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A shortage of volunteer drivers is threatening transportation programs across Maine

York County Community Action Corporation

Lewiston-based Community Concepts has shuttered a long-time transportation program that provided rides to seniors and others in Androscoggin, Oxford and Franklin counties. The program doesn't have enough volunteers.

What's more, it's not the only organization facing the same struggle.

Signs of trouble began a few years ago.

Like other community action programs around Maine, Community Concepts relies on volunteers to drive those who need a ride to a doctor or mental health appointment.

But Chief Operating Officer Mary-Rita Reinhard says the pandemic wiped out the nonprofit's once-deep bench of volunteer drivers.

"And as a result it created fear, fear of being in a vehicle with someone, and so that's when it really started to hit an all-time high, in terms of how many drivers we were losing," Reinhard says.

Community Concepts had more than 170 drivers back in 2016. Last year, the program was down to 39, and Reinhard says more people have been lost since then.

"Our volunteer driver base is an older population, and folks are aging out and deciding to discontinue to provide services," Reinhard says.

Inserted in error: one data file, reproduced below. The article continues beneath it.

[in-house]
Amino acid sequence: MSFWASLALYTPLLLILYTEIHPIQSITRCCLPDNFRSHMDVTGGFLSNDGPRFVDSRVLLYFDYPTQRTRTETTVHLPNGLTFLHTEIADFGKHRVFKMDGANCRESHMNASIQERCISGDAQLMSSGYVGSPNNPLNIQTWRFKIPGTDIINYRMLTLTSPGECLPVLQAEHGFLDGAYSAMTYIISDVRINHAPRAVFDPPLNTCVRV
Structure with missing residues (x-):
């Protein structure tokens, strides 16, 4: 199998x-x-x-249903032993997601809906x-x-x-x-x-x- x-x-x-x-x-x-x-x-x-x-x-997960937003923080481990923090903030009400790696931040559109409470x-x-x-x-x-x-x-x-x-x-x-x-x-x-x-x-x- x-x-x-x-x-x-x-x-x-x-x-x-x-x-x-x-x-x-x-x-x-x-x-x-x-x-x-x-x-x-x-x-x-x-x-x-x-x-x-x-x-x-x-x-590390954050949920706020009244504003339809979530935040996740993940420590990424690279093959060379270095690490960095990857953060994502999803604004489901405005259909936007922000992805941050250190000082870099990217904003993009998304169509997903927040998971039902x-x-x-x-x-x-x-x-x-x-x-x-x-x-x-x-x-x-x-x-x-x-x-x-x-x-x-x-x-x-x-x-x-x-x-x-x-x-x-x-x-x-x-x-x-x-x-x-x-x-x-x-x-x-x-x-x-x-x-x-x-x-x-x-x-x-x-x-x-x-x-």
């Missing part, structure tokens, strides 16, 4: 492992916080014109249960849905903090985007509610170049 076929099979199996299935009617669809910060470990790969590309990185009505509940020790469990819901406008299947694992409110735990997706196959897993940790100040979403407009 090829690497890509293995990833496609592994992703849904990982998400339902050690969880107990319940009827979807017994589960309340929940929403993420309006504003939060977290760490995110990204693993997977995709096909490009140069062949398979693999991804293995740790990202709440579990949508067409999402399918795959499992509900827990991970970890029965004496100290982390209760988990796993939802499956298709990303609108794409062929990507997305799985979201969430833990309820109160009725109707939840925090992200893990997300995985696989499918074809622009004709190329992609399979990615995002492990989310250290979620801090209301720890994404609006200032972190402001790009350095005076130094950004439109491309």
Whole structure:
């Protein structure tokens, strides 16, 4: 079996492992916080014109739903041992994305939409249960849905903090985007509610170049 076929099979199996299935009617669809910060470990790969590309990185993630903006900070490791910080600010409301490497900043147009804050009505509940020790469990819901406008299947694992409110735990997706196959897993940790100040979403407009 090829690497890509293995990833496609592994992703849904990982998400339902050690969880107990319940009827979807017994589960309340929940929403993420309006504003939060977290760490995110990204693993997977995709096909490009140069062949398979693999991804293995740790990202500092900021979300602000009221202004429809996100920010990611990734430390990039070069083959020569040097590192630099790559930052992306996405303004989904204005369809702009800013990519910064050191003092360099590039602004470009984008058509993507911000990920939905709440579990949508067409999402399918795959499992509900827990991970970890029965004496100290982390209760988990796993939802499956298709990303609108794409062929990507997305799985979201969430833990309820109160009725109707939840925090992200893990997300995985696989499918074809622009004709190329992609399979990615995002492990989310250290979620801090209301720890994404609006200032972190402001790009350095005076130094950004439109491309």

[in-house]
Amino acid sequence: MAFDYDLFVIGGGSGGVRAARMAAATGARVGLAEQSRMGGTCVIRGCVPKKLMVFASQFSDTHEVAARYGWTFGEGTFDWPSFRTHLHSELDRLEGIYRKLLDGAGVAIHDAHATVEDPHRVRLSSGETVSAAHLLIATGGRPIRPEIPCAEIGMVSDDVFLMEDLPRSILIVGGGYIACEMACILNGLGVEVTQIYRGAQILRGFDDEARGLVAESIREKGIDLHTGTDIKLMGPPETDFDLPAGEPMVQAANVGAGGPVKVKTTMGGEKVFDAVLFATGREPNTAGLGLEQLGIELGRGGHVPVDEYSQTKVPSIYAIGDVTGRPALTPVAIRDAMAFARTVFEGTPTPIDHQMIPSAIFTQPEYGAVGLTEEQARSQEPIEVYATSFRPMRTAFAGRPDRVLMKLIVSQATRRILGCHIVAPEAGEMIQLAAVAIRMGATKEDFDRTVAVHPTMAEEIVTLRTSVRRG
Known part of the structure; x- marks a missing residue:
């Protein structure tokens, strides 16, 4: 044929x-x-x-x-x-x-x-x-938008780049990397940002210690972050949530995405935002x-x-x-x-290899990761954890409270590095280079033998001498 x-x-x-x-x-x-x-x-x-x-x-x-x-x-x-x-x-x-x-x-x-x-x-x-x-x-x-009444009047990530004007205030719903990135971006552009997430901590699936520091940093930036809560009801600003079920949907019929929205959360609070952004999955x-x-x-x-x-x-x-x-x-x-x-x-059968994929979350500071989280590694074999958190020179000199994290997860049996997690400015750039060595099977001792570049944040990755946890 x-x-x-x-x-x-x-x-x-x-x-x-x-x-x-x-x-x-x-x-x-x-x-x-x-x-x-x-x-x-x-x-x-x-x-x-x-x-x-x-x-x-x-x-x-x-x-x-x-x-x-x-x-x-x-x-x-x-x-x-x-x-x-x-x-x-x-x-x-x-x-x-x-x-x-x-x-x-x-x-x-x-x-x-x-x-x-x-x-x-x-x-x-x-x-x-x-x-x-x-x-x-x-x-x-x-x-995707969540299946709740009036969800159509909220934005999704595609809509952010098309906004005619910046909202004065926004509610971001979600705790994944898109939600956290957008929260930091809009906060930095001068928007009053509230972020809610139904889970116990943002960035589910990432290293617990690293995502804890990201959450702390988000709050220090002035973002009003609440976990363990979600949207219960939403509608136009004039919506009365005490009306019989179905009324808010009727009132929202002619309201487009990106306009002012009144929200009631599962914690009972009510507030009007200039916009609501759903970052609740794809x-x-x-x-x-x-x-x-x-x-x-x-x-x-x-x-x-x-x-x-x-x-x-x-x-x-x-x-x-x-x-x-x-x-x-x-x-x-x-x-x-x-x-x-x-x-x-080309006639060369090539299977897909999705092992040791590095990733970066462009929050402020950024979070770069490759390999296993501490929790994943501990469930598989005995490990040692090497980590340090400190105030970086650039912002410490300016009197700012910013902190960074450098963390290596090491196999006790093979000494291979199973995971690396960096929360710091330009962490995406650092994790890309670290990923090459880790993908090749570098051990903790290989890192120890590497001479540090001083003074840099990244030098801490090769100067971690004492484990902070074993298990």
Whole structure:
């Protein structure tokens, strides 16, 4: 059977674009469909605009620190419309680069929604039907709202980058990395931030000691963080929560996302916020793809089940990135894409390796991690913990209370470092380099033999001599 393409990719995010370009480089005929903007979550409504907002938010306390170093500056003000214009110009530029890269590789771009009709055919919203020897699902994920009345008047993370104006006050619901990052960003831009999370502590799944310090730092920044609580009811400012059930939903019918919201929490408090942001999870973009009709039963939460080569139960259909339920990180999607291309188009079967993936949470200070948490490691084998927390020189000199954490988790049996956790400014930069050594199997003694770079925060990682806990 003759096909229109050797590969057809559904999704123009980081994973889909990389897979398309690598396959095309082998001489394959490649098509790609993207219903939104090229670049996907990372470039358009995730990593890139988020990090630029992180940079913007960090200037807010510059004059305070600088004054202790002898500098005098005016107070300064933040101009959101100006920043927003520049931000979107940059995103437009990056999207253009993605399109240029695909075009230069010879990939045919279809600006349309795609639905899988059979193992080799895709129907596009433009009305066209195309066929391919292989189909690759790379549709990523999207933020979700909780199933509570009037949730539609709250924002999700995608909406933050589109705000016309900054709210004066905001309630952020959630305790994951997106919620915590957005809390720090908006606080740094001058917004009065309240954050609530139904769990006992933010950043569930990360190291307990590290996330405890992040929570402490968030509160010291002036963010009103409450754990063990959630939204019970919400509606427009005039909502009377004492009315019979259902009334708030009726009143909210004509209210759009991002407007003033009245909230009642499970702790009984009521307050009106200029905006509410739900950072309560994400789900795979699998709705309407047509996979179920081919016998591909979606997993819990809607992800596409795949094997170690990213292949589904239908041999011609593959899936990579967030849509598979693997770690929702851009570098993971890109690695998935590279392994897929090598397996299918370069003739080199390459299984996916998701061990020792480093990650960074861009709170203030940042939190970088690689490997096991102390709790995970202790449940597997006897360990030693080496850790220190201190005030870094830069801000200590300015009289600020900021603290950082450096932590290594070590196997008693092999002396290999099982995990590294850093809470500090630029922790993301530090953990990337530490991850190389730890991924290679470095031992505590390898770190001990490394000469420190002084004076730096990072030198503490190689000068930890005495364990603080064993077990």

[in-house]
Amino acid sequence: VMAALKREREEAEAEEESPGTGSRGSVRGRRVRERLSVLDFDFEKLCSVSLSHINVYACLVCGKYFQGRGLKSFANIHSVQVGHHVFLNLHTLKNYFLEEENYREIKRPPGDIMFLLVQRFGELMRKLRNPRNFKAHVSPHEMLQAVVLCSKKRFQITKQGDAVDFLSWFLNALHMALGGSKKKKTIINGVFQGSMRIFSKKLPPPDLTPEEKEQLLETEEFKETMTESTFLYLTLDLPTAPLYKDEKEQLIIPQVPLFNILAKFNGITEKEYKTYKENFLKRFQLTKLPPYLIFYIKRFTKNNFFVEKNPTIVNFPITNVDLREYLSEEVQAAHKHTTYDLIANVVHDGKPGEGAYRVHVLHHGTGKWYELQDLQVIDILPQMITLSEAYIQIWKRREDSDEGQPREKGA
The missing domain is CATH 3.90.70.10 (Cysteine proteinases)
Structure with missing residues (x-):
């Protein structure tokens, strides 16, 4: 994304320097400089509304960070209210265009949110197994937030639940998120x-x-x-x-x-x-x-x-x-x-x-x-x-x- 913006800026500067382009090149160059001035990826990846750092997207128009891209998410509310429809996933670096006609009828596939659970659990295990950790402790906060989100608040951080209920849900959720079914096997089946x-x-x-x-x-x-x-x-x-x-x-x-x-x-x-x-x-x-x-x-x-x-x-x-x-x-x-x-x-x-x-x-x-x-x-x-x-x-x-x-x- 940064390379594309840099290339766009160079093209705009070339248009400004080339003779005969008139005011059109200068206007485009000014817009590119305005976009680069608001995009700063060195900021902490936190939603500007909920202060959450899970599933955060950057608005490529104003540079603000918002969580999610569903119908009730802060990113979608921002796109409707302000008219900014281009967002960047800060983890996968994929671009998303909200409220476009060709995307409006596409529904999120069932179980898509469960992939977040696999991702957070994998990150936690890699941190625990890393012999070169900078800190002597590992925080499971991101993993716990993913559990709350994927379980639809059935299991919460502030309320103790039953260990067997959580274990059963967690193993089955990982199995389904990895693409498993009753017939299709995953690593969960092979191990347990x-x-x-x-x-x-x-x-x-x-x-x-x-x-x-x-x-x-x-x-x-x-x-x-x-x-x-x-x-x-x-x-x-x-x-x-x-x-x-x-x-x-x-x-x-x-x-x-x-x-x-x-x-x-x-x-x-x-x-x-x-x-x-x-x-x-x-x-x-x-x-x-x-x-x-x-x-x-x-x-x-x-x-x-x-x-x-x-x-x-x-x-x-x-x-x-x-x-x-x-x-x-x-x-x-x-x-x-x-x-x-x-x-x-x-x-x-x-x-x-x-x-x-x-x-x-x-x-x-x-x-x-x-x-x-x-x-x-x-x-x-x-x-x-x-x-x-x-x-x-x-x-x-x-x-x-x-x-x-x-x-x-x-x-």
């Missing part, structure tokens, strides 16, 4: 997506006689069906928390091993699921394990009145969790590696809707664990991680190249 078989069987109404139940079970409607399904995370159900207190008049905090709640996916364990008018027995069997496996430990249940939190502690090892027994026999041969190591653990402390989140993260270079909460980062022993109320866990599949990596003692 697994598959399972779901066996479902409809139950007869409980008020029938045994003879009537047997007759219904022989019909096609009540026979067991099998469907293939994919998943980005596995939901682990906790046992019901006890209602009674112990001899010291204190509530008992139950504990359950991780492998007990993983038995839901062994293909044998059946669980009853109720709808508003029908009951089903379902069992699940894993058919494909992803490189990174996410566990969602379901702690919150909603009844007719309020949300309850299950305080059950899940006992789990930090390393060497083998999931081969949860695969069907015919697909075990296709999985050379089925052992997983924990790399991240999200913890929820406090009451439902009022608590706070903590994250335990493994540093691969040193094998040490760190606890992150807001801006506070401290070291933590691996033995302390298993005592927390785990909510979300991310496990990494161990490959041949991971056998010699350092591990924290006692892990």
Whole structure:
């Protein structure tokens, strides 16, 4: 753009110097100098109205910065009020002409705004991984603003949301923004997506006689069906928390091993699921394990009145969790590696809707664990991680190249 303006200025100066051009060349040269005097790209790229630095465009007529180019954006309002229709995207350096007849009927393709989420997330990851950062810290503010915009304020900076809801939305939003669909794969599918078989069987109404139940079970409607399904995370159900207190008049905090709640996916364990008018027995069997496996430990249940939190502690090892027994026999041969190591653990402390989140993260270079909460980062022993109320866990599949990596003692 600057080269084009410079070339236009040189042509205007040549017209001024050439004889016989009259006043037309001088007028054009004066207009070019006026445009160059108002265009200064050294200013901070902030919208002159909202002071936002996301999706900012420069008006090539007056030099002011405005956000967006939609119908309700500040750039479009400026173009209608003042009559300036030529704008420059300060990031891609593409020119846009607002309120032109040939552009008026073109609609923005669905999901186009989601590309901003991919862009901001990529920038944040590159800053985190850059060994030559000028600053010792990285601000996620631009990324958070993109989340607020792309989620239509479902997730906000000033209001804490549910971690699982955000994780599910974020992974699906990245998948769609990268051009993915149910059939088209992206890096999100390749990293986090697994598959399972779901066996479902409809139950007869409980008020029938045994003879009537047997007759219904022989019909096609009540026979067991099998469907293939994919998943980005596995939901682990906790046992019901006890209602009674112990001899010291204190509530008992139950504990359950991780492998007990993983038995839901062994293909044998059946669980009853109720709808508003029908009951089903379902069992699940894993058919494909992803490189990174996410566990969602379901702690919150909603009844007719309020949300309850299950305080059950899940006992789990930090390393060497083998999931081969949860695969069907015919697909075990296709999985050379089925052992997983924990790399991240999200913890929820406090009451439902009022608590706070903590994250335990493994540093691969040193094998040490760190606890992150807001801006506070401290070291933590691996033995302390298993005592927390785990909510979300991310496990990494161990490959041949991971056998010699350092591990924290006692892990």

The situation is not uncommon around Maine.

Downeast Community Partners uses a combination of volunteers and agency staff to serve those in need of rides in Hancock and Washington Counties.

Transportation director Cheryl Robbins says 20 years ago, there were close to 70 drivers. Now, the agency is down to 19 drivers and eight volunteers, an all-time low.

And at the York County Community Action Corporation, there were 65 volunteer drivers before the pandemic. Now, there are 10.

Most volunteers in Maine are reimbursed between 44 and 45 cents for each mile driven. But many agencies have increased the rate to offset rising fuel costs. In York County, Assistant Transportation Director Deb Paradis says her agency boosted the rate by an additional 10 cents a mile earlier this year.

"So we're just basically eating the difference. As a non-profit agency that's not ideal, but not having volunteers is worse," says Paradis.

With fewer people to drive, community action agencies are reaching fewer people in Maine.

"There's lot of folks that need services that we're having a very hard time providing the service for," Paradis says.

In York County, Paradis says volunteers made an average of 1,400 trips a month in 2019, compared to this past June, when that number was slashed to 440 rides.

Covering three counties, Community Concepts volunteers used to make about 264,000 trips a year. But like York County, their travel was also drastically reduced last year — down to a fraction of what it once was.

Reinhard says the Community Concepts transportation program has accumulated $1 million in losses over the last eight years. And while the program will end next month, she stresses that Community Concepts isn't closing. The nonprofit runs more than 40 other community projects, which Reinhard says are all financially stable.